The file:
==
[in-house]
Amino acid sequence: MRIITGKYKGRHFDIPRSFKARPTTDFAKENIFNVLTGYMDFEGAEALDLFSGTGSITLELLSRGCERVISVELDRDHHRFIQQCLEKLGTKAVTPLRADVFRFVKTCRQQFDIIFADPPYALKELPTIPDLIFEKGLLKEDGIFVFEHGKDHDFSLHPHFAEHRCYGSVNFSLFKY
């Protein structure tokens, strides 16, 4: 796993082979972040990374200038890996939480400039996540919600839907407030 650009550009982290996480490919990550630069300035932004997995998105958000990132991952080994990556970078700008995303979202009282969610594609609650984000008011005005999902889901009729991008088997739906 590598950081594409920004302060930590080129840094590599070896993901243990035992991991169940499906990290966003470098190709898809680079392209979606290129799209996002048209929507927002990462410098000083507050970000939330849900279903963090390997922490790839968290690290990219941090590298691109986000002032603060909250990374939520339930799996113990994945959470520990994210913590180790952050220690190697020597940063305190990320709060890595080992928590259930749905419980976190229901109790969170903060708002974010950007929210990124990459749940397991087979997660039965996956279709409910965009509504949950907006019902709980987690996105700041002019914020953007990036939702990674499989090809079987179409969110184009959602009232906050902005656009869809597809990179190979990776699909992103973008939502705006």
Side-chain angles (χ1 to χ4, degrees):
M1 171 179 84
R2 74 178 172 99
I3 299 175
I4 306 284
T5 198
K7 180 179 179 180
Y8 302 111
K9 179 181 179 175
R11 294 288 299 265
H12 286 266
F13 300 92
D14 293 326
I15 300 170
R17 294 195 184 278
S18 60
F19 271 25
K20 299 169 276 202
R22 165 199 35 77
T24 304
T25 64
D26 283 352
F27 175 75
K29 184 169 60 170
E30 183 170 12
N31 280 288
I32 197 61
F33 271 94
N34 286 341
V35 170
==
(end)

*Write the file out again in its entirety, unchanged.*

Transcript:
[in-house]
Amino acid sequence: MRIITGKYKGRHFDIPRSFKARPTTDFAKENIFNVLTGYMDFEGAEALDLFSGTGSITLELLSRGCERVISVELDRDHHRFIQQCLEKLGTKAVTPLRADVFRFVKTCRQQFDIIFADPPYALKELPTIPDLIFEKGLLKEDGIFVFEHGKDHDFSLHPHFAEHRCYGSVNFSLFKY
């Protein structure tokens, strides 16, 4: 796993082979972040990374200038890996939480400039996540919600839907407030 650009550009982290996480490919990550630069300035932004997995998105958000990132991952080994990556970078700008995303979202009282969610594609609650984000008011005005999902889901009729991008088997739906 590598950081594409920004302060930590080129840094590599070896993901243990035992991991169940499906990290966003470098190709898809680079392209979606290129799209996002048209929507927002990462410098000083507050970000939330849900279903963090390997922490790839968290690290990219941090590298691109986000002032603060909250990374939520339930799996113990994945959470520990994210913590180790952050220690190697020597940063305190990320709060890595080992928590259930749905419980976190229901109790969170903060708002974010950007929210990124990459749940397991087979997660039965996956279709409910965009509504949950907006019902709980987690996105700041002019914020953007990036939702990674499989090809079987179409969110184009959602009232906050902005656009869809597809990179190979990776699909992103973008939502705006």
Side-chain angles (χ1 to χ4, degrees):
M1 171 179 84
R2 74 178 172 99
I3 299 175
I4 306 284
T5 198
K7 180 179 179 180
Y8 302 111
K9 179 181 179 175
R11 294 288 299 265
H12 286 266
F13 300 92
D14 293 326
I15 300 170
R17 294 195 184 278
S18 60
F19 271 25
K20 299 169 276 202
R22 165 199 35 77
T24 304
T25 64
D26 283 352
F27 175 75
K29 184 169 60 170
E30 183 170 12
N31 280 288
I32 197 61
F33 271 94
N34 286 341
V35 170